Tourette syndrome clinic

The Tourette syndrome clinic at Great Ormond Street Hospital (GOSH) is a multi-disciplinary clinic headed by Dr Isobel Heyman (Child and Adolescent Psychiatrist), Dr Sarah Aylett (Paediatric Neurologist) and Dr Tara Murphy (Paediatric Neuropsychologist).

The Tourette syndrome clinic is a national specialist service that cares for children and young people up to 18 years of age. We have a specialist multi-disciplinary team that works closely with other departments within GOSH, in particular neurology. The care of children is always shared between local services and the specialist service here at GOSH.

There is a strong research collaboration between GOSH and the other Tourette syndrome clinics in the UK, and we have an international reputation for clinical research into psychological treatments for Tourette syndrome, including cognitive (learning) profiles as well as studies of the genetics of tic disorders and role of infection.

What is Tourette syndrome?

Tourette syndrome is a neurological problem characterised by involuntary movements (motor tics) and sounds (vocal tics). Individuals with Tourette's syndrome may also have emotional and behavioural problems such as obsessive compulsive disorder, attention deficit hyperactivity disorder, difficult behaviour or learning problems.

What is the Tourette syndrome clinic?

The GOSH clinic is a national specialist clinic for young people with Tourette syndrome. We see children and adolescents from all over the country.

It is a tertiary level clinic, which means that written referrals usually come from the consultant pediatrician or child and adolescent psychiatrist already looking after a child in their own area. We do not take-over the care of children referred to us, but work in partnership with the referring doctor.

Who do we see and what do we offer?

  • we see young people up to age 18

  • we assess young people with suspected Tourette syndrome, where the diagnosis is in doubt or is complex

  • we assess young people with problematic Tourette syndrome, eg with associated mental health problems or troublesome tics, and advise on management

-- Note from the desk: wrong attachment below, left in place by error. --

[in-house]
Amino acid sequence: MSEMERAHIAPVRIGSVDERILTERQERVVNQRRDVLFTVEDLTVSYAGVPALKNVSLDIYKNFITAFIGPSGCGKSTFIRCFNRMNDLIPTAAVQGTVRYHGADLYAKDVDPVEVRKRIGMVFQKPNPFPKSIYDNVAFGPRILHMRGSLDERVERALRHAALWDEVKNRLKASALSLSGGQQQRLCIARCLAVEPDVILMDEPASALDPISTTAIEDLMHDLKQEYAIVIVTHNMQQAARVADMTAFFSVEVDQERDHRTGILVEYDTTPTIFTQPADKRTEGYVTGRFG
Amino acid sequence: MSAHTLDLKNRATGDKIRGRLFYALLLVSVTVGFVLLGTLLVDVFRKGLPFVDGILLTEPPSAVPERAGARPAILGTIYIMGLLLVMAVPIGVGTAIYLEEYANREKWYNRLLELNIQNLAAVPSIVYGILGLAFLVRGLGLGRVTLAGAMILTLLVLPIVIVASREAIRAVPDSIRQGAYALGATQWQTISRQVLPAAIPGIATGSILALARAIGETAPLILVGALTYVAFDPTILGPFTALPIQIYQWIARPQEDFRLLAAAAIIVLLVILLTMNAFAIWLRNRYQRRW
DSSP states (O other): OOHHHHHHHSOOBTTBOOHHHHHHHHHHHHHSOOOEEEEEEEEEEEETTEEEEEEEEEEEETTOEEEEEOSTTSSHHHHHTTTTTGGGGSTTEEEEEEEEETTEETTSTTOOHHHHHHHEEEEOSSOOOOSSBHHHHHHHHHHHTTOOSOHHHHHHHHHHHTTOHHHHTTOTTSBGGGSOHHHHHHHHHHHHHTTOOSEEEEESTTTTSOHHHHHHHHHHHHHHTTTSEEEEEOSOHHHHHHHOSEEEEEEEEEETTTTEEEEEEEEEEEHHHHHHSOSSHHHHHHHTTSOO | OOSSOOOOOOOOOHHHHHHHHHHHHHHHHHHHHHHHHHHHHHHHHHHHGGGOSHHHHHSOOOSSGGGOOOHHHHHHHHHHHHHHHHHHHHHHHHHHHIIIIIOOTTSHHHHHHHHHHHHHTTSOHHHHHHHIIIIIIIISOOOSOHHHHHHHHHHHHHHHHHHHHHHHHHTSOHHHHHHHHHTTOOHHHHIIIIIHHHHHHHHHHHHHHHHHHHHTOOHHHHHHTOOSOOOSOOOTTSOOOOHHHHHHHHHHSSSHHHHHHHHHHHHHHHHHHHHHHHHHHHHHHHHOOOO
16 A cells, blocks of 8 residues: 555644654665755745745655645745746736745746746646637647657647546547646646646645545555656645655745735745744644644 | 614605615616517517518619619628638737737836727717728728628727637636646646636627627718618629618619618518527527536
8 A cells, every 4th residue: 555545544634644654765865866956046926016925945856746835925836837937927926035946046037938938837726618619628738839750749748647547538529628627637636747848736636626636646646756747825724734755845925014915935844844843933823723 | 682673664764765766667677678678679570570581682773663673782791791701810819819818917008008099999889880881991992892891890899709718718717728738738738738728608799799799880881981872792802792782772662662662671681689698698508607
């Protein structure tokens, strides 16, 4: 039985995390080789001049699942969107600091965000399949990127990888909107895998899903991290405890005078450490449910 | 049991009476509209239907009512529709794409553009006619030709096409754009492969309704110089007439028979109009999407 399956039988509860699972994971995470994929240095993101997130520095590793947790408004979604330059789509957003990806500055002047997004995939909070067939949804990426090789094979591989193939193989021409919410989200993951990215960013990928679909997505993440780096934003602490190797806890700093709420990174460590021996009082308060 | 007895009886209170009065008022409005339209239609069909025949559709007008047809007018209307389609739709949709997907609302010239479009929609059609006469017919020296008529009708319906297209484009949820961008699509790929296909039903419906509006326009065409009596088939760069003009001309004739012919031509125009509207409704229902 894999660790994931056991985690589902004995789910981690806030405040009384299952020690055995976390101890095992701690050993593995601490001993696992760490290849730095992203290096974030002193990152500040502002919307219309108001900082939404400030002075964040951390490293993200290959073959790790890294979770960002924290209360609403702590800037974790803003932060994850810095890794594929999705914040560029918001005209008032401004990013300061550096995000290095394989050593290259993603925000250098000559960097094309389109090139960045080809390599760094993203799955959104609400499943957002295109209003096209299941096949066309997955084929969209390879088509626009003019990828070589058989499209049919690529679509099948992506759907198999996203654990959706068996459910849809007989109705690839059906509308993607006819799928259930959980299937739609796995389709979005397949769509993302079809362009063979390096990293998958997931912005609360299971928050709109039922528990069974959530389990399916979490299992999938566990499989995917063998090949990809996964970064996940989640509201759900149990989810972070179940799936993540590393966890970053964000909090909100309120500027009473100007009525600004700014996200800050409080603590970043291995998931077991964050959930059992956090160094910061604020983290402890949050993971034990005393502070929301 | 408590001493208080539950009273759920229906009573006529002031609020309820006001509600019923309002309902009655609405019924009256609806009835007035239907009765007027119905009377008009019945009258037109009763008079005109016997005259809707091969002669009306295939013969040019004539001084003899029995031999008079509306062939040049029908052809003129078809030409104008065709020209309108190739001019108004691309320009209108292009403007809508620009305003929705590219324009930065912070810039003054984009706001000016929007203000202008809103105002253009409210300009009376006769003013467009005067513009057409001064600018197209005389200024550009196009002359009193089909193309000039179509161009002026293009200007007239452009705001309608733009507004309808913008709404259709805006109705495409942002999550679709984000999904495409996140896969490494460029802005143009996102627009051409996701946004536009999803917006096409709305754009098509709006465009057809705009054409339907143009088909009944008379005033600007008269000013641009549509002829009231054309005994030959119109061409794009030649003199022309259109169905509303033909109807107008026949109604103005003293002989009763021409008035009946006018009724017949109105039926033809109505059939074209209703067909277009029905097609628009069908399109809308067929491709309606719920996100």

• we offer flexible packages of management, individually tailored ot the needs of the child and family
  • we use evidence-based treatments (ones that have been established to be effective) 
  • we give advice on medication and psychological treatment

  • we can provide monitoring/prescribing of medication in conjunction with local services

  • we can offer short packages of psychological treatment

  • where appropriate we offer neuropsychological assessment

  • we have programmes of child and parent groups

What happens if you come to clinic?

We adhere to national guidelines for maximum wait times, but try to see patients as quickly as possible, taking clinical urgency into account.

The team will try to advise the referrer on the telephone if possible. If the appointment we offer is inconvenient, please let us know as soon as possible and we will arrange an alternative.

Before the appointment we will ask the family, child and school to fill in some questionnaires, which help us make the best use of time in the clinic. The young person and family will first meet one of the junior doctors, who will take a detailed account of the problems, and the family will then meet with one of the consultants. There may also be input from the clinical psychologist. Feedback is given on the day, and a written report will be sent to the referrer and the family.

Please allow 2-3 hours at the clinic for new patients.

Who else can help with Tourette syndrome?

Most people with Tourette syndrome can be successfully helped by their local paediatrician or child psychiatrist. Most child specialists will know about the medications that are sometime used in Tourette syndrome, and the sort of help that children with Tourette syndrome may need psychologically or at school.

We are always happy to try to advise doctors on the telephone.